Macbeth's murderous rampage begins with the murder of Duncan, Macbeth having apparently agonized over the injustice of actually killing him. It seems that, having recognized Duncan's "faculties so meek"(I.vii.17) and the fact that he is Macbeth's kinsman" (13), Macbeth's initial decision to "proceed no further in this business"(30) is soon undone by the intervention of Lady Macbeth as she makes him feel that he is not a man - "When you durst do it then you were a man." (49)
The guilt begins to consume Macbeth even before Duncan's actual murder. Shakespeare prepares the audience and foreshadows events that are to follow. An indication of the "fair is foul" is the apparition of the daggers which completely confuse Macbeth. Having been so affected by the witches "cannot be ill, cannot be good"(I.iii.131), it seems Macbeth's guilt is misplaced and it is actually the fear of being caught - "false face must hide what the false heart doth know" (I.vii.82) that sends him into a frenzy. Macbeth is still capable of rational thought and the daggers are "a false creation" (II.i.38) although they are "palpable". The ringing of the bell is Macbeth's cue and he commits Duncan "to heaven or to hell."(64)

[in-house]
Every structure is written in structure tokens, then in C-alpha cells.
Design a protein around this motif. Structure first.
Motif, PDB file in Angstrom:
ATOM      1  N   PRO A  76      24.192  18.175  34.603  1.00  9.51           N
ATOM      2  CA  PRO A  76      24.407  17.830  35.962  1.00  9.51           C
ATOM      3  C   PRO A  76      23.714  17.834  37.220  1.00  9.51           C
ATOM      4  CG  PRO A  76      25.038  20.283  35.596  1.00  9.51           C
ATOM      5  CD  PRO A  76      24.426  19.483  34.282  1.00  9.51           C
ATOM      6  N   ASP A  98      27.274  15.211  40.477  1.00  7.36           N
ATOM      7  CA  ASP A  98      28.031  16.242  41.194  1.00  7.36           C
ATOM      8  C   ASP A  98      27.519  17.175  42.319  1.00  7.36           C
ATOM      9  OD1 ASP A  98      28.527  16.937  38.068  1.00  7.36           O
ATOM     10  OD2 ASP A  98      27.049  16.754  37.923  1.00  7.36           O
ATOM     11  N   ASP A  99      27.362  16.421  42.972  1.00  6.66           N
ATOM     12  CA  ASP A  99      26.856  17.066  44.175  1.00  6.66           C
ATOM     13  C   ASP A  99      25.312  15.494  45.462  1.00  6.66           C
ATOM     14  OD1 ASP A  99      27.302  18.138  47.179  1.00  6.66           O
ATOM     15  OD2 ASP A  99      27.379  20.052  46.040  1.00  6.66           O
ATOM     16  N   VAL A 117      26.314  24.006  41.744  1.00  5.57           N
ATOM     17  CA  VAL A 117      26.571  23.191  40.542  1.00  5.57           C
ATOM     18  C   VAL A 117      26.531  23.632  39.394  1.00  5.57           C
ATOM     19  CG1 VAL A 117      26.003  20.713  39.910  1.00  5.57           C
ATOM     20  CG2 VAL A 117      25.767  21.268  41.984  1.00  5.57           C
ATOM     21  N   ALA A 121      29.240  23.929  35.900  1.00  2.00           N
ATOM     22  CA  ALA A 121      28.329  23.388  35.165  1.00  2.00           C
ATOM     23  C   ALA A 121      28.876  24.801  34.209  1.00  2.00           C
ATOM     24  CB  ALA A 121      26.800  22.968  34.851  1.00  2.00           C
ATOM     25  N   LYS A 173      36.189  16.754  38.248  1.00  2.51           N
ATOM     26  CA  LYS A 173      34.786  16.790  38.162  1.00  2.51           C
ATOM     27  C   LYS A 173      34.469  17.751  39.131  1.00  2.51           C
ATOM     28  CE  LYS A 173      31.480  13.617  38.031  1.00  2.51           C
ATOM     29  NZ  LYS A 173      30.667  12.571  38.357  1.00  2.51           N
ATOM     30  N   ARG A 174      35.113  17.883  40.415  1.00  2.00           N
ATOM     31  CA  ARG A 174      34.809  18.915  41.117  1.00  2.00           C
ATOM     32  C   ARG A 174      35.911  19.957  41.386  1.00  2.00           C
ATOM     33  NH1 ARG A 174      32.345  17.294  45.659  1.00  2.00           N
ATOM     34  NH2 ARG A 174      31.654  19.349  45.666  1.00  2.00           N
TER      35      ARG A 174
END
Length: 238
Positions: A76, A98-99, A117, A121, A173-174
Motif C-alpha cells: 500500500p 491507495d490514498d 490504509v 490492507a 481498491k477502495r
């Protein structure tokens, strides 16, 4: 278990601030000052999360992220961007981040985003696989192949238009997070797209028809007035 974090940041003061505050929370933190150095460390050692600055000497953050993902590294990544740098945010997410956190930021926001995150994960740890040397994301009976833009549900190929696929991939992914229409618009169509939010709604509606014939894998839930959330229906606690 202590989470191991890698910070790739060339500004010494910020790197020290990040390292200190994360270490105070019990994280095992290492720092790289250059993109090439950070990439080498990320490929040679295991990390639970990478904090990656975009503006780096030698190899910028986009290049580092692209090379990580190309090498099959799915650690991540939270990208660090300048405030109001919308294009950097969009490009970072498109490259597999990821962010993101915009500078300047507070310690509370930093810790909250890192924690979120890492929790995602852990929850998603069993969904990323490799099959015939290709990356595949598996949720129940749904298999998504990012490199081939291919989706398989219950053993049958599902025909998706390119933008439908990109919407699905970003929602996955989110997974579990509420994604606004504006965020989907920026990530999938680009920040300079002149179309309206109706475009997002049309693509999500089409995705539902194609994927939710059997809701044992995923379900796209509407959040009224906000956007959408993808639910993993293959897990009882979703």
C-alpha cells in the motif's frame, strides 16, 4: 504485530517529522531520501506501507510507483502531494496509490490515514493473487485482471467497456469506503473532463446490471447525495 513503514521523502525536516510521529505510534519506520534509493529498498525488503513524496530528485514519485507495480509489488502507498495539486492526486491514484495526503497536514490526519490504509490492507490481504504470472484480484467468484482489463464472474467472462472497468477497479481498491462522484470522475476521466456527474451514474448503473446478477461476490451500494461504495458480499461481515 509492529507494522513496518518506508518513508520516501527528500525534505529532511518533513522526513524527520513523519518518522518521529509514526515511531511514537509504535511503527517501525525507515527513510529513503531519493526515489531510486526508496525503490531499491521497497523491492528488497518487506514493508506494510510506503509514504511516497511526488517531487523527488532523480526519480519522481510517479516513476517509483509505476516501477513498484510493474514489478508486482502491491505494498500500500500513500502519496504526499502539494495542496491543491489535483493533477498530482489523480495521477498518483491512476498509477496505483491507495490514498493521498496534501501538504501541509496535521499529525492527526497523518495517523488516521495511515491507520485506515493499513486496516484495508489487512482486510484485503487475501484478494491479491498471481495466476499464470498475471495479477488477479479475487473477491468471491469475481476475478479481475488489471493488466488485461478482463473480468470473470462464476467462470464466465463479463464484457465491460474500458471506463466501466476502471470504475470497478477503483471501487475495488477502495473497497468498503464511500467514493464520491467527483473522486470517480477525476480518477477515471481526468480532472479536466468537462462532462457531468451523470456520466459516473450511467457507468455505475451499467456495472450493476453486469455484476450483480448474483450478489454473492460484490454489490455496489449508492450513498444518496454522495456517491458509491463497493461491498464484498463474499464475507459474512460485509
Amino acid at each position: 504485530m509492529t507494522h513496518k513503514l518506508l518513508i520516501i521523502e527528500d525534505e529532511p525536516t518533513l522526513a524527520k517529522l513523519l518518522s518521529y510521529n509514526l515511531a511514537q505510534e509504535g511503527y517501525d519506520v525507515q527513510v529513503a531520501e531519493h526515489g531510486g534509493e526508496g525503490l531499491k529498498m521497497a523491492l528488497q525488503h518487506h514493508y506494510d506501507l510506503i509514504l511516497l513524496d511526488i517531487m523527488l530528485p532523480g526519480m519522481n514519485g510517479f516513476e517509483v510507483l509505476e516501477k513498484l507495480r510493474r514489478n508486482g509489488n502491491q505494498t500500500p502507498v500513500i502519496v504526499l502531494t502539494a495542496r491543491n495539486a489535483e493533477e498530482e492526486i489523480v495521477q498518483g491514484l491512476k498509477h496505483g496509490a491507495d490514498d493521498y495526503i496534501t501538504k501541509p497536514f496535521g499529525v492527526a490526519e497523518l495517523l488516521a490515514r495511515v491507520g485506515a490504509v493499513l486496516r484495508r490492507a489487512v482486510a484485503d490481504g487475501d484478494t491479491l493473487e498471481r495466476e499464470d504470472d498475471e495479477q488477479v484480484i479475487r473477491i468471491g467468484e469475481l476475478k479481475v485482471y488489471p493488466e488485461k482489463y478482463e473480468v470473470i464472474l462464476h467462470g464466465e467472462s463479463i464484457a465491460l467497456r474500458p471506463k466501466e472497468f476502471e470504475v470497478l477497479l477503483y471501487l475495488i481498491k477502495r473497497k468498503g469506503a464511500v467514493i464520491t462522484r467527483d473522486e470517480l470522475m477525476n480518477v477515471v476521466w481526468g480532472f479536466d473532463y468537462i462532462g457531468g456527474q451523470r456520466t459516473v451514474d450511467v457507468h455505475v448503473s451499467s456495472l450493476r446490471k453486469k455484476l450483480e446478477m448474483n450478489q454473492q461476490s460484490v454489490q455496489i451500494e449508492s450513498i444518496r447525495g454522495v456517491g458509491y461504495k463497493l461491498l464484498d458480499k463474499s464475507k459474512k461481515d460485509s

When Macbeth returns to discuss the events with Lady Macbeth he is distraught but Lady Macbeth tells him to "consider it not so deeply."(II.ii.30).Macbeth however, cannot reconcile himself as "Macbeth does murder sleep."(36)He has even forgotten to leave the daggers behind. He does realize what he has done as "all Great Neptune's ocean" is unable to "wash this blood Clean from my hand"(60). He is calmed by lady Macbeth as she tells him that "a little water clears us of this deed."(67)
He has also murdered Duncan's attendants so that they can be blamed - " I do repent me of my fury that I did kill them"(II.iii.105). It is Macbeth's fear of exposure that overwhelms him.